Everything from self check-out at the supermarket to the simple operation of an automatic door to a traffic signal turning from red to green... I have been lucky enough to get a first-hand, eyewitness view of that guy's first time for everything. We always find each other. Most of the time, though, he's first.

Interestingly, when he is not first and I manage to get a seat in front of him, say at the movies or a concert or sporting event), he lets me know he is there. 


He kicks my seat through the whole event.

Sunday, June 11, 2023

do you know where you're going to

It's June. I graduated from high school in June. Not this June, of course. A different one. One that was forty-four years ago.

I don't have fond memories of high school. I dreaded every day. I didn't like going there or being there. Despite the Jewish population of the student body tallying nearly 85%, I was subjected to my share of anti-Semitism. I wasn't an especially good student. I didn't bring home good grades. I experienced the ache of unrequited love and, conversely, avoided some female classmates who came on a little too strong for my liking. However, I met some people who, for four years, grew to be inseparable friends, but whose camaraderie waned post-graduation... only to re-connect decades later via the magic of social media. I even re-connected with some classmates with whom I wasn't particularly close. But, time is the great equalizer and once you breach your 60th year on Earth, you begin to understand what was meant by the old adage "life is short" and you finally see just how short it is.

A classmate
wearing the winning button.
Recently, a few silly "snapshots" from my high school days popped into my head. I recall in my sophomore year, an open solicitation to design the "official" Class of '79 button was announced. The winning button design would be mass produced and distributed among our class, where it could proudly (proudly?) be displayed on a shirt, jacket or other piece of clothing. Even back in my teenage years, my budding art career was beginning to emerge. Art classes were the only ones I attended with any interest. In other non-art classes, I found myself doodling in the margins of American History tests or lengthy algebra equations. I was somewhat excited at the thought of having my design grace the "official" button representing my class, having all 1100-plus of my classmates sporting a 3" metal circle of my original artwork. I made a bunch of sketches and after rejecting several preliminary ideas, I settled on a mystical-looking wizard waving his hand above a glowing crystal ball, with the phrase "Class of '79 - We Make It Happen" floating in a semi-circle above his pointed blue, star-spangled cap. I'm not one to brag, but it was pretty good for a 16 year-old. Unfortunately, the rest of my class did not agree. In lieu of my design, they selected a strange depiction of two silhouetted figures standing on a royal blue hill before a bright yellow sun (our school colors) along with the sentiment "Class of '79 Walks Tomorrow's Paths Today" in a swirly, hand-written font. I don't like to knock other artists' work, but there were other designs — that weren't mine — that were waaaaay better than the one that was chosen. I would have been okay with not having my submission chosen. Just not this one. In my opinion, it was poorly executed and the slogan didn't exactly roll off the tongue... and that's not just sour grapes. Although, I retained some keepsakes from my tumultuous high school years, my button currently rests at the bottom of the man-made lake beneath the roller coaster at Great Adventure amusement park in Jackson, New Jersey. Great Adventure was the destination of my year-end Sophomore Class Trip. A friend picked the button off my shirt and flung it skyward with the gusto of an Olympic discus thrower. I wasn't terribly upset.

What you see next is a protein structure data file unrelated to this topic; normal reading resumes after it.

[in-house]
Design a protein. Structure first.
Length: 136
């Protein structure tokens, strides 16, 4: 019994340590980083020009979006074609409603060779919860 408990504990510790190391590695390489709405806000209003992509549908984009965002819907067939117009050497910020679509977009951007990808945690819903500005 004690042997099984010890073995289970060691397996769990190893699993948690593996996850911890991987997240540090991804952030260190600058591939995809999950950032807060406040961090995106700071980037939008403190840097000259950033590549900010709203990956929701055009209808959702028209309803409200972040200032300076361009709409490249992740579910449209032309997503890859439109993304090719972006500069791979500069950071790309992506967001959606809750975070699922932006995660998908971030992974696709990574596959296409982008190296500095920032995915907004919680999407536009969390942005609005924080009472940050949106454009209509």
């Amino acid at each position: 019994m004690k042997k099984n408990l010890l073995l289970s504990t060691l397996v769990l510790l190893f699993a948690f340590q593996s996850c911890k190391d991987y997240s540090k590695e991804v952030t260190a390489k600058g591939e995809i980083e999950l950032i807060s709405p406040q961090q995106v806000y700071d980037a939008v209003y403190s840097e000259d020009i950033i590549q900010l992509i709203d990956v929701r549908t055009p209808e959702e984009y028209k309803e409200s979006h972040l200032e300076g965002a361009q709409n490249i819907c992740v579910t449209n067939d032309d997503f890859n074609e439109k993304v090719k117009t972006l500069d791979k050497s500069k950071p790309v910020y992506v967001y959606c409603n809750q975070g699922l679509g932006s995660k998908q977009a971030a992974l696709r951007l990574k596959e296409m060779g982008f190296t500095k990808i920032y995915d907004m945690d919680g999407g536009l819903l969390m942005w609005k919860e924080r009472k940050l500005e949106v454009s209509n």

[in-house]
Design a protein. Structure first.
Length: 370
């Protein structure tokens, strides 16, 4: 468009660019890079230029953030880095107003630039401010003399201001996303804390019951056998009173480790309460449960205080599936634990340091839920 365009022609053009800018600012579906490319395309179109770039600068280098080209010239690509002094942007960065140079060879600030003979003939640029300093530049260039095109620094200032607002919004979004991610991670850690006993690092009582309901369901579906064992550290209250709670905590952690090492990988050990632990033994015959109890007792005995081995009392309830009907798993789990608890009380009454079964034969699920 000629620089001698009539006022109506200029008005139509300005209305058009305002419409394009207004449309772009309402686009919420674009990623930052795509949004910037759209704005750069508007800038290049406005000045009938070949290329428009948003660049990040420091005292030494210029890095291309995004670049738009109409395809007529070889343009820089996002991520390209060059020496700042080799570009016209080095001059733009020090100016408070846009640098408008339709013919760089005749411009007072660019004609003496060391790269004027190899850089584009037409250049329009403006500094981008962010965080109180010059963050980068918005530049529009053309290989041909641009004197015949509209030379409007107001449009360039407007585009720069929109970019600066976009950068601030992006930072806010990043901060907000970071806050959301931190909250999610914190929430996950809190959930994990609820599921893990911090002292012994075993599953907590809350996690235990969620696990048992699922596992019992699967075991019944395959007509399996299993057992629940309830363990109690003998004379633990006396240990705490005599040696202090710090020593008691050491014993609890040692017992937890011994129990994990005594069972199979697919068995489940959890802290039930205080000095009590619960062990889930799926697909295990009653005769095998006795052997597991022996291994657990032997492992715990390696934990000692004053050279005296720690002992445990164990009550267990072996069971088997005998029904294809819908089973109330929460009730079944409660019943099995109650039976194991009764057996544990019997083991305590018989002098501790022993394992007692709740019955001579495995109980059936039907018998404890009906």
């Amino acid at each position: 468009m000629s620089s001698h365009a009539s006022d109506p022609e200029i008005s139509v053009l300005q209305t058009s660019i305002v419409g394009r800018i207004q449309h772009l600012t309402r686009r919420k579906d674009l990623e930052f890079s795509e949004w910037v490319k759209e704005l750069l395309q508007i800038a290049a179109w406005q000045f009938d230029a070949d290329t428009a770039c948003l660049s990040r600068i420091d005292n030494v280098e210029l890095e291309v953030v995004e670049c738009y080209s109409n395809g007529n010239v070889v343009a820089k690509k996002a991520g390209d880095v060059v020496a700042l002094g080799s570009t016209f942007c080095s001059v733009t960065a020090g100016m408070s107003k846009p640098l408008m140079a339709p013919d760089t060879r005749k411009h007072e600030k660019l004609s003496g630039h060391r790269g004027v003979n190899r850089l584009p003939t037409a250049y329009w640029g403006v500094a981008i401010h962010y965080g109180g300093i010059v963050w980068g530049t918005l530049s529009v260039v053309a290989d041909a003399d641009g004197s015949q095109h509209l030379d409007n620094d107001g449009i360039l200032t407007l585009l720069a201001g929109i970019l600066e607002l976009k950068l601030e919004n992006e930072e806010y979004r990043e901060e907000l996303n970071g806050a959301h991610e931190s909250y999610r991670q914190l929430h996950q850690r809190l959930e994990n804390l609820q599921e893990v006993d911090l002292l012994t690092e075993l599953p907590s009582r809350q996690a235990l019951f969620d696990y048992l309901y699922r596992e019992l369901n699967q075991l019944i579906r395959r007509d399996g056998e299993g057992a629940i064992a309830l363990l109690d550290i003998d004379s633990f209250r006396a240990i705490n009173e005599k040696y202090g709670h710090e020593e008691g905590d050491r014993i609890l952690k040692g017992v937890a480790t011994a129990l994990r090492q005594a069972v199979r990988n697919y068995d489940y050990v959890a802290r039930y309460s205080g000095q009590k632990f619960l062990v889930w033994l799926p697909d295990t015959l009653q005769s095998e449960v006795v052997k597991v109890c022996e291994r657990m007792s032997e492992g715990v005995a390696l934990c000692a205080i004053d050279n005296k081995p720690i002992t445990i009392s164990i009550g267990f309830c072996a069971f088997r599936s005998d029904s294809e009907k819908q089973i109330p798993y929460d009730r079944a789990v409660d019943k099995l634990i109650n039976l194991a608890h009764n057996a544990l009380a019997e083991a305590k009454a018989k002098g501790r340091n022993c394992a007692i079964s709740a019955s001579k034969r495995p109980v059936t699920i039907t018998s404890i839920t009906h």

A classmate
wearing the winning shirt.
My Junior year in high school brought about a similar art-related project. This time, the task was designing the Class T-shirt. This was a big deal. Everyone's wardrobe was comprised almost exclusively of t-shirts. Concert commemoratives, sports teams, "peace" signs held over from the 60s — t-shirts and jeans were the accepted "uniform of the day" throughout the 70s. Even those students whose wardrobe was influenced by the burgeoning disco trend could sometimes be spotted in a t-shirt emblazoned with a glittery iron-on decal. Once again, I repurposed my "also-ran" button design of the wizard. I embellished my original design with more stars, brighter colors and a more detailed main figure. Again, my design lost out to a reworked take on the cover of Steve Miller's Book of Dreams album. Done in the school colors, the shirt featured a near-identical to the album depiction of Pegasus surrounded by stars, beneath the words "Flying High" in capital block letters. I will admit, it was a good design. It certainly was good enough for Steve Miller. It just wasn't an original design. However, the school "powers that be" including the principal, several administrators and an English teacher who served as our "class sponsor," debated the insinuated "drug" overtones of the slogan and mulled over the message that it conveyed. After many heated "back-and-forth" squabbles, a compromise was reached. The slogan would be changed to "Class of Dreams" before the shirts went into production. I believe the designer played dumb regarding any potential drug reference in the original design, only to create a custom-made short run of the original design for him and his pot-head friends. He wasn't fooling anyone.